Caprica Video Blogs

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A series of video blogs pertaining to Caprica were produced during production of both the pilot film and the series itself. They were formerly available online during the time of the series' airing, but are available on the home video releases.

A majority of these are offered in low-resolution, so the video content will show that.

Caprica's Pilot

Video Blog #1: "What the Frak is Caprica?"

A British Columbia train station standing in for the Maglev station, with hapless souls boarding the ill-fated Maglev 23.

"What the Frak is Caprica?" discusses the placement of Caprica in the Re-imagined Series universe, how the series is filmed and thematically different from its predecessor.


Video Blog #2: "The Director's Process"

A scene between Roger R. Cross and Paula Malcomson filmed with multiple cameras, outputted into video feeds in the Director's Village as overseen by director Jeffrey Reiner.

Director Jeffrey Reiner discusses the look of the show, and how the filming method shows a world that has a strong foundation that will, in time, erode into anarchy. Therefore, the cinema verite approach was not used in shooting of the pilot.

Remi Aubuchon notes that Reiner shot the Pilot with three to four cameras, shooting both sides of a scene. He also notes that Reiner's approach to directing actors is minimalist, allowing for "unorthodox" performances and style. Reiner elucidates on this, believing that it allows for capturing richer performances by reducing the number of times one side is shot, then resetting everything up again and shooting the other side of a discussion. This allows the actors to always "be on" in portraying their characters, as they don't know what camera angle will end up being captured in the final edit.

This method also results in the doubling of footage, as Aubichon notes that he watches 6 hours of dailies per day versus the typical 2 to 3 on television shows that he's worked on.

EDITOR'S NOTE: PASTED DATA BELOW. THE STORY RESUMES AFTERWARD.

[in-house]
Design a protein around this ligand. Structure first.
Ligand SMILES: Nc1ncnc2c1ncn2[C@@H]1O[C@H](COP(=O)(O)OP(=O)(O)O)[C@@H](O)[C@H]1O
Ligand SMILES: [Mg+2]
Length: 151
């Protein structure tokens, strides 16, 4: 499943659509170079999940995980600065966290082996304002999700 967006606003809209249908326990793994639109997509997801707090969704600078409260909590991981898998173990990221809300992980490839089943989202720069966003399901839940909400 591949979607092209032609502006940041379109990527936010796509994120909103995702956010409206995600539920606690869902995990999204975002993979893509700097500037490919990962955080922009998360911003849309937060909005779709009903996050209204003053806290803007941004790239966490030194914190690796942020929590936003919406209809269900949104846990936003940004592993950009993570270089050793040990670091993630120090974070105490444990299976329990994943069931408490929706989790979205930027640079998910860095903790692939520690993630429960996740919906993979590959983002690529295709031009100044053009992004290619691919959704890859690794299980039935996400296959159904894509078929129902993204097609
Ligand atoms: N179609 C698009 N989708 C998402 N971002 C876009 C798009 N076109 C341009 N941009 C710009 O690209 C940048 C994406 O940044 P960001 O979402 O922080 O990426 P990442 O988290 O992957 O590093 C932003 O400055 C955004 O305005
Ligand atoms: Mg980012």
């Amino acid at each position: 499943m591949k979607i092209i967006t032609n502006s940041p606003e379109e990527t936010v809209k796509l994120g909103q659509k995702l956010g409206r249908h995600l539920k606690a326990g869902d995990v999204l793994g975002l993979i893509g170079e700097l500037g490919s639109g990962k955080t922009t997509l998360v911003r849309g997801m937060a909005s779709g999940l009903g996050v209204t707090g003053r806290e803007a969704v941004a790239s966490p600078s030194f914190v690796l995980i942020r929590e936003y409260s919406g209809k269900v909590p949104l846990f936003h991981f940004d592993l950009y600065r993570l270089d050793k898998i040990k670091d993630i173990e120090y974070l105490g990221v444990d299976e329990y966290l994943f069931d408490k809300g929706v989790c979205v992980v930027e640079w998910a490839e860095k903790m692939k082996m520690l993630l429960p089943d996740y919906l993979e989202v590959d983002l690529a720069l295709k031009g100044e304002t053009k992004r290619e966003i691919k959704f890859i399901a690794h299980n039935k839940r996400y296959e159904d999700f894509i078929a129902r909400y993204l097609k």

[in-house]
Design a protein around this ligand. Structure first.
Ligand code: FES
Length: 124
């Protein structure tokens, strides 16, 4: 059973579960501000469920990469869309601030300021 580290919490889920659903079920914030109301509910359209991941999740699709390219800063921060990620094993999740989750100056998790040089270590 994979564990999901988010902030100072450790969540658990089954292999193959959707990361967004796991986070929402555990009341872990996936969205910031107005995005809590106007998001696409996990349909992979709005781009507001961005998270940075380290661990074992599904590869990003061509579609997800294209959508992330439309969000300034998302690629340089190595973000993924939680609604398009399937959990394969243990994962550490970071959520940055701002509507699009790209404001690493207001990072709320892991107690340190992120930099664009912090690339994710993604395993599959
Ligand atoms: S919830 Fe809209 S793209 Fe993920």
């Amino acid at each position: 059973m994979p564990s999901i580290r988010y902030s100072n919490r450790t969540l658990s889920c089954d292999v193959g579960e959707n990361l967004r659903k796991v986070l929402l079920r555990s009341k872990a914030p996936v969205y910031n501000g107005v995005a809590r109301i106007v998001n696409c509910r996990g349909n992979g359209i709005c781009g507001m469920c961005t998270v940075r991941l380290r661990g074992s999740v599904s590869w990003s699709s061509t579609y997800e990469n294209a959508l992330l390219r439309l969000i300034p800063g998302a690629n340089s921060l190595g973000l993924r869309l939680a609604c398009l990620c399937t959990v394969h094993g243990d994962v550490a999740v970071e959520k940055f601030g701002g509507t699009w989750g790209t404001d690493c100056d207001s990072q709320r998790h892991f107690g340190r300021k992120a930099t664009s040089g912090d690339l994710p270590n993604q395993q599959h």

This featurette shows Roger R. Cross in the role of Tomas Vergis, filming scenes with Paula Malcomson (Amanda Graystone) in her office at the hospital. Cross' scenes were excised in the final cut from the pilot, and the role was recast with John Pyper-Ferguson.

Additionally, Paula Malcomson is seen interacting with Reiner and his assistant, getting a performer (playing the doctor, nicknamed "Doctor Phillips") a line so he can get a credit with the acting union.



Video Blog #3: "The V Club"

Alessandra Torresani walks around The Orpheum (where the V-Club was shot) introducing various cast and crew, including Eric Stoltz.

Director Jeffrey Reiner and writer Remi Aubuchon discuss the creation of the V-Club, noting that it is an evolution in social media where the distinction been fantasy and reality has been blurred.

Actress Alessandra Torresani walks through The Orpheum, the theater where the V Club is set, introducing various cast members to the online audience, starting with Avan Jogia and working her way to Eric Stoltz and, later, Magda Apanowicz. Along the way she introduces groups of extras, particularly a tattooed-group.

Reiner notes that the V-Club is particularly fun to shoot given that anything can (and does) happen in that world, and is absent of consequences that would transpire in the real world.


Video Blog #4: "The Birth of a Cylon"

Director Jeffrey Reiner hitting the table where the "Frankenstein moment" in the Caprica pilot occurs.

Director Jeffrey Reiner on the set of the lab where Zoe-R is born, as crew sets up shooting for the scene. Reiner refers to this as an "easter egg" scene for Re-imagined Series fans, noting it is the "Frankenstein['s monster] moment."

He shows off key pieces of set decoration in the scene, notably the cardboard stand-in in the form of the U-87, as well as identifies some of the tools on the nearby workbench, including a "fiber optic quadulated finger poker," a "pulser" that gives life to the Cylon construct, a failed chest cavity for the U-87, a neuron transmitter, and a rack of tanks for various fuels and liquids within the U-87.


Seen Only

  • Gary Hutzel, visual effects (seen in the red and white shirt near the U-87 standee)